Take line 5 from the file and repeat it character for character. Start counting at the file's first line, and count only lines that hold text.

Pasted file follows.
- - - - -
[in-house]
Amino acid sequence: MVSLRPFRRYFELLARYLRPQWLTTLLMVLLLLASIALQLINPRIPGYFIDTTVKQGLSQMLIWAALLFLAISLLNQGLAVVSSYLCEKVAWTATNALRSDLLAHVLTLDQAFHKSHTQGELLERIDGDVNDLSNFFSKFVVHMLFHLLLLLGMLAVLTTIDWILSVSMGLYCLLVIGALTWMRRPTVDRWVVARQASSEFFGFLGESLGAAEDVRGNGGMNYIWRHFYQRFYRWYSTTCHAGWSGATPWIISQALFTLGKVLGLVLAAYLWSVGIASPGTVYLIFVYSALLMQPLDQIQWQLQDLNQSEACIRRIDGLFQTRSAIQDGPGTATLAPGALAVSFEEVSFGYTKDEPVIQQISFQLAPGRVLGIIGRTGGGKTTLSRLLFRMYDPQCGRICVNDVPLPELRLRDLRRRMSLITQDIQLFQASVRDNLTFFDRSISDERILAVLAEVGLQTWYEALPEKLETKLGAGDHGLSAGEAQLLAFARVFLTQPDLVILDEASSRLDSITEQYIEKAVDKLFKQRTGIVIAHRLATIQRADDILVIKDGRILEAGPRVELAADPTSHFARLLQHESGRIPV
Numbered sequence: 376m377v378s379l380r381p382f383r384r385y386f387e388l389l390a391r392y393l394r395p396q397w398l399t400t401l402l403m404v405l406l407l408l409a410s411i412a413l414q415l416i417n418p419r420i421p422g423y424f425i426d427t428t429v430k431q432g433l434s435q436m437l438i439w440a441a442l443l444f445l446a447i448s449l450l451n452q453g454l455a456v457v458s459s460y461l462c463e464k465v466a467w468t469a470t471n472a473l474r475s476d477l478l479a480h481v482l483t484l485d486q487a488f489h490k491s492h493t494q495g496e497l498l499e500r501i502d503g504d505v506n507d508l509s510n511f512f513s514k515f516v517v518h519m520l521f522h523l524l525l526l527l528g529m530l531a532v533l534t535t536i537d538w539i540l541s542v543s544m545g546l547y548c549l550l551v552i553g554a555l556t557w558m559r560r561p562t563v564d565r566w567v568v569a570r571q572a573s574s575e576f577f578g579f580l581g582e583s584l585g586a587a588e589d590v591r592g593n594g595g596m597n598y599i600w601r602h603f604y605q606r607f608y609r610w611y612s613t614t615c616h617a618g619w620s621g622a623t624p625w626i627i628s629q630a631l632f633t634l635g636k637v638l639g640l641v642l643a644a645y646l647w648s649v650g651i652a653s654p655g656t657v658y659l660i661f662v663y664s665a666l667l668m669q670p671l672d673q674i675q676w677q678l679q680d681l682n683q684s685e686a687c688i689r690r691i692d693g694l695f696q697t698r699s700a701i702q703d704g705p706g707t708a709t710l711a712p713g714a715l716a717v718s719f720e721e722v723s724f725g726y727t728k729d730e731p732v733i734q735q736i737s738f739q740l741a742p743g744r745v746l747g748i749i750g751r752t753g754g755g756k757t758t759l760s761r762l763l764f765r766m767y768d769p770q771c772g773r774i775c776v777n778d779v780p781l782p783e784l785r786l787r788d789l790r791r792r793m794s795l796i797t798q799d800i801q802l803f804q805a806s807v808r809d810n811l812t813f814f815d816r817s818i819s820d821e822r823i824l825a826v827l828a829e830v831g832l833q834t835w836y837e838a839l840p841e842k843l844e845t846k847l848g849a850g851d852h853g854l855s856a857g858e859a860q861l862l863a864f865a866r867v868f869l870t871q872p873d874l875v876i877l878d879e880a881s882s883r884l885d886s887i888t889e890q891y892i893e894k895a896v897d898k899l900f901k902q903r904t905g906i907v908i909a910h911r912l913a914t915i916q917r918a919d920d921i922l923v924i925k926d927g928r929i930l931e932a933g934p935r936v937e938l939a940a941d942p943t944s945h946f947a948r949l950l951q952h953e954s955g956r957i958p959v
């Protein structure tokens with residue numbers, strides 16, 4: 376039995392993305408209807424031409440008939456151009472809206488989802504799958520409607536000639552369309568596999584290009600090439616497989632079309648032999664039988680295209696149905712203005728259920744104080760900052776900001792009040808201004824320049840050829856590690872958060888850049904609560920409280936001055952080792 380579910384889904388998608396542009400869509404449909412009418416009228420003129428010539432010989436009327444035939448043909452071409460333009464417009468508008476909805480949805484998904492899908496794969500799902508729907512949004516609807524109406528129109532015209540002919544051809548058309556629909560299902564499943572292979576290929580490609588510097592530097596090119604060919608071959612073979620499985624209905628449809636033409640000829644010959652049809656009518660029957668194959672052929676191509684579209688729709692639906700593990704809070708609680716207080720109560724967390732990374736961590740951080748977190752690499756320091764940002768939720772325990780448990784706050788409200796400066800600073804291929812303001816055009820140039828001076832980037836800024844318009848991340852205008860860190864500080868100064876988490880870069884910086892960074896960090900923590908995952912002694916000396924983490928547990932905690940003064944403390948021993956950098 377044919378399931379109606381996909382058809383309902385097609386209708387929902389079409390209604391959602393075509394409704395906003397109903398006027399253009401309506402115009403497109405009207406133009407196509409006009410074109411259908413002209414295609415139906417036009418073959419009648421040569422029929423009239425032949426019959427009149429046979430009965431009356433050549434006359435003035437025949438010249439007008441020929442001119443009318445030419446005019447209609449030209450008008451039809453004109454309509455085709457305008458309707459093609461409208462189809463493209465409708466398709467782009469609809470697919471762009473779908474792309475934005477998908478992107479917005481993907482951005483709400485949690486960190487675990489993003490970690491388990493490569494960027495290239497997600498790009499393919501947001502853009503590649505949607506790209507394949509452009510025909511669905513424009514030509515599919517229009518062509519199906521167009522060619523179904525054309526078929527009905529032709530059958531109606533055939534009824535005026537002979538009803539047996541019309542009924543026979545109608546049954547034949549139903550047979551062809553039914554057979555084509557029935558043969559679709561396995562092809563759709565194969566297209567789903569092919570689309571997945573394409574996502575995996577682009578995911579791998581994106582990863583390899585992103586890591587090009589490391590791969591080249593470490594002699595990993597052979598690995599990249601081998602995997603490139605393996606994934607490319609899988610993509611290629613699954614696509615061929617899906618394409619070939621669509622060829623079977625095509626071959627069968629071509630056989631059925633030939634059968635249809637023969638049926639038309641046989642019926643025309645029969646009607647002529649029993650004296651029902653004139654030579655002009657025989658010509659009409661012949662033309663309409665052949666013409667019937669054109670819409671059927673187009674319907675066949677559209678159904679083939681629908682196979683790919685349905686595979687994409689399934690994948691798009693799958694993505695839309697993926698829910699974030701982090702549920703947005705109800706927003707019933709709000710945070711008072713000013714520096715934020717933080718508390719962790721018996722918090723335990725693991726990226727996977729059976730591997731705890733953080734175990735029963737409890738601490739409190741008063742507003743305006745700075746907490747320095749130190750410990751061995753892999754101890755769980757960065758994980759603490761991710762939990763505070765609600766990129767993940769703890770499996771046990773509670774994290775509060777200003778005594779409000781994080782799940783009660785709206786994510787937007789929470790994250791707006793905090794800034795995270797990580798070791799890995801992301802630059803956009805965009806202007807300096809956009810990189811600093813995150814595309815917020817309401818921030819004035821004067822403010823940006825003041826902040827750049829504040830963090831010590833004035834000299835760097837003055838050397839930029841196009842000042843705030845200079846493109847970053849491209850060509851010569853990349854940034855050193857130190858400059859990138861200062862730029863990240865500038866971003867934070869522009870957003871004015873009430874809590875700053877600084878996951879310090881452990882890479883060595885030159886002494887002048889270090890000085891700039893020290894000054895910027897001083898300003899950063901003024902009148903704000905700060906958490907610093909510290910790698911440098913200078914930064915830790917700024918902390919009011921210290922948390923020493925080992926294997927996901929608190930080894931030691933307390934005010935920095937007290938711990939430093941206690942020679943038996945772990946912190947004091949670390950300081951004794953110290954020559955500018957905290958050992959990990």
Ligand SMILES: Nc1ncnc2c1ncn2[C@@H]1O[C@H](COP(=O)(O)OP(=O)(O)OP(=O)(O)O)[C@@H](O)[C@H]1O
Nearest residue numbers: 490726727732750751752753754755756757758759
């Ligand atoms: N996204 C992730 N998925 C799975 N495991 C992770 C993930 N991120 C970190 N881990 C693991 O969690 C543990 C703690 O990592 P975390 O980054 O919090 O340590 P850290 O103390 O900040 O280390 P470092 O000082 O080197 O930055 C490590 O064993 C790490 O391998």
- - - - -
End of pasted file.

Ligand SMILES: Nc1ncnc2c1ncn2[C@@H]1O[C@H](COP(=O)(O)OP(=O)(O)OP(=O)(O)O)[C@@H](O)[C@H]1O